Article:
Are any of you other ladies not sure what to make of this flap about oral contraceptives reducing gains in lean muscle? While the initial study came out sometime in mid-April, links to articles about it continue to crop up (I’ve seen it a lot recently, in places other than just crossfitdurham.com) and I’ve always struggled a bit to figure out the take home message. There is something about the whole business and the implications that some article authors are trying to make that really bugs me, so here comes a mini-rant complete with some dorking out. You’ve been warned.
The general gist of the study is as follows: Researchers took a small sample of “relatively healthy” 18-31 year old women and looked at how oral contraceptive users (OC) and non oral contraceptive users (non-OC) compared when exposed to a “whole body resistance program” (I’m thinking Nautilus machines here). After 10 weeks, OC users saw statistically significant smaller gains in lean muscle mass in comparison to non-OC users but overall strength gains weren’t significantly different.
There is something about the massive proliferation of these findings that is bugging me, though, and it is partly that I can’t find the full study online and there are some general research issues that aren’t addressed (I’ll list the 2 main ones for the sake of brevity):
- Sample selection (my impression is that the sample was NOT random assignment, e.g., “you go on OC, you do not go on OC” and that instead they found current users and non-users to test) – oral contraceptives are not for everyone. Many women try OC and find that, no matter the formulation, the hormones in OC and their bodies are just not friendly, so they switch to a different method of birth control. If there are underlying physiological differences that influence the decision to use a certain form of birth control, these might also influence how the body responds to exercise.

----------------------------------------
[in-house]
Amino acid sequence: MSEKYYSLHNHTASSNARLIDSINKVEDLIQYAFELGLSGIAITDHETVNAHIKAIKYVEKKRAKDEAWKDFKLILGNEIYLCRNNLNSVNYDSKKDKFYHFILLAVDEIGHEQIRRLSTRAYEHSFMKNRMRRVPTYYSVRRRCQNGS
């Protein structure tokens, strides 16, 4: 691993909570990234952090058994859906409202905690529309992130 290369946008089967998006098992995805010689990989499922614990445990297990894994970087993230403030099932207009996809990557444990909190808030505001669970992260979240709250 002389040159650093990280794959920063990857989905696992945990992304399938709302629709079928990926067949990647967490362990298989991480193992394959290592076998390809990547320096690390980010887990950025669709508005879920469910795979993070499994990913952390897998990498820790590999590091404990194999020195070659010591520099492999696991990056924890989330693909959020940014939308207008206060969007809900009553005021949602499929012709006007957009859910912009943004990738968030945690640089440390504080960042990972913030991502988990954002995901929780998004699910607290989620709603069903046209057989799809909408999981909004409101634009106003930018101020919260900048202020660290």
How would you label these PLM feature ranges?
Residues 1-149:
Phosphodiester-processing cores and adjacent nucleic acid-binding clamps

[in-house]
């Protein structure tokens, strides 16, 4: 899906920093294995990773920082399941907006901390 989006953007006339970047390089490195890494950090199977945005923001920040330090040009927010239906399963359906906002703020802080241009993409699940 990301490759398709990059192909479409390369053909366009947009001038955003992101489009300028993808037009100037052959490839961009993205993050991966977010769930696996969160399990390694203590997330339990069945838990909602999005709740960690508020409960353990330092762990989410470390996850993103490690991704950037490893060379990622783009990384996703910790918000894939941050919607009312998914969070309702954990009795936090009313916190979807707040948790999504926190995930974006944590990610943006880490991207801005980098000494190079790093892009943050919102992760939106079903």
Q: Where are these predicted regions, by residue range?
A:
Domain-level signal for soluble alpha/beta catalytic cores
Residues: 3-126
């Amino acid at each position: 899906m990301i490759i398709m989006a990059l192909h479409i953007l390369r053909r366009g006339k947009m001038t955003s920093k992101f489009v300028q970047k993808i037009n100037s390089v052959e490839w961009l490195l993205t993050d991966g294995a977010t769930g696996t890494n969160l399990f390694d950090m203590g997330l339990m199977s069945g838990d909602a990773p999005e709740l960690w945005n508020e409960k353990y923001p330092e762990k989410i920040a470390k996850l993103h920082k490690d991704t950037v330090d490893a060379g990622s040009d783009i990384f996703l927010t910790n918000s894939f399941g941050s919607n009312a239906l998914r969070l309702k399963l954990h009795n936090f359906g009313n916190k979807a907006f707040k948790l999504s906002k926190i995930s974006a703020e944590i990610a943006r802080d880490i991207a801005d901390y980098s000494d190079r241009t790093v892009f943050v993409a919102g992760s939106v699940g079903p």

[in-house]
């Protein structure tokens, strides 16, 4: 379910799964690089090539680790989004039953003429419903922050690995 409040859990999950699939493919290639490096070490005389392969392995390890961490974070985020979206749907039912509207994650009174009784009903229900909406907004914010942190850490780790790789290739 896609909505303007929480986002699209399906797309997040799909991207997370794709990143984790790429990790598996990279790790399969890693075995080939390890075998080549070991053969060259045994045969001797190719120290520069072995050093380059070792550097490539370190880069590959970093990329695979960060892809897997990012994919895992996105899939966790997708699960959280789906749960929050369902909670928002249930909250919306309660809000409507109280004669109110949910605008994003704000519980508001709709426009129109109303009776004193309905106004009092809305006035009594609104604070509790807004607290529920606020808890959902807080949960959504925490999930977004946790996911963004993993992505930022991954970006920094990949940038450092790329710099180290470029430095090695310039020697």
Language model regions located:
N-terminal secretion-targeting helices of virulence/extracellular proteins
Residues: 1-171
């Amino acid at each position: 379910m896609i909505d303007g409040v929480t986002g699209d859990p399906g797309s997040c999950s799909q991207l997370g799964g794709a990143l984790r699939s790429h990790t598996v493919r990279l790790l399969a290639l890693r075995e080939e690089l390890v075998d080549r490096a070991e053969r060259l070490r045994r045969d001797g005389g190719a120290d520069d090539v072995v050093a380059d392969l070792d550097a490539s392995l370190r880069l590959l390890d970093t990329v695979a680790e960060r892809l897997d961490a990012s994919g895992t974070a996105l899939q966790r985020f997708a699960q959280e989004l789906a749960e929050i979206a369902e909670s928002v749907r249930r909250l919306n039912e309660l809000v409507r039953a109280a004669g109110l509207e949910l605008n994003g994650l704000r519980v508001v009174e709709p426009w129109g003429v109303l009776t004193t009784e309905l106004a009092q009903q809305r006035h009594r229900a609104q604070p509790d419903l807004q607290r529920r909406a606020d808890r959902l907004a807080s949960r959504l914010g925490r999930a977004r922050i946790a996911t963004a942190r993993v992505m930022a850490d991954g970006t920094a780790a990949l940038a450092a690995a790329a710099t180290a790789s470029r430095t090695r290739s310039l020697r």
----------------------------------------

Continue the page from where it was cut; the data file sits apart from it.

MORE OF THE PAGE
Where I really start to get irked, however, is the generally implicit, but at times explicit*, message that women who are interested in improving their fitness performance might consider switching birth control methods…because nothing helps you meet your fitness goals like an unintended pregnancy. While this might ultimately be something to think about for women who are pursuing sport as a career, it's extreme for those of us who just want to improve our levels of fitness in general. When I think of “fitness” it is more than just “how big are my muscles?” – it is a general quality of life issue, and I know a lot of women who would take a little less muscle mass for the overall improvement in quality of life that they get from oral contraceptives (hormonal control that reduces mood swings, acne, pain, etc.).
From a Crossfit perspective in which strength is more important than body composition—we aren’t trying to win physique contests (or at least I’m not) but we ARE trying to lift heavy things—this suggests that maybe oral contraception doesn’t have a huge influence on overall performance, or at least not the type of performance we are measuring. And even if it does hinder performance slightly, those of us on OCs can at least take solace in research that finds that oral contraceptives significantly reduce exercise-induced delayed onset muscle soreness (aka DOMS).
* The best part of the summary that noted “…young women who are trying to build muscle mass may want to choose another form of contraception” was the accompanying photo: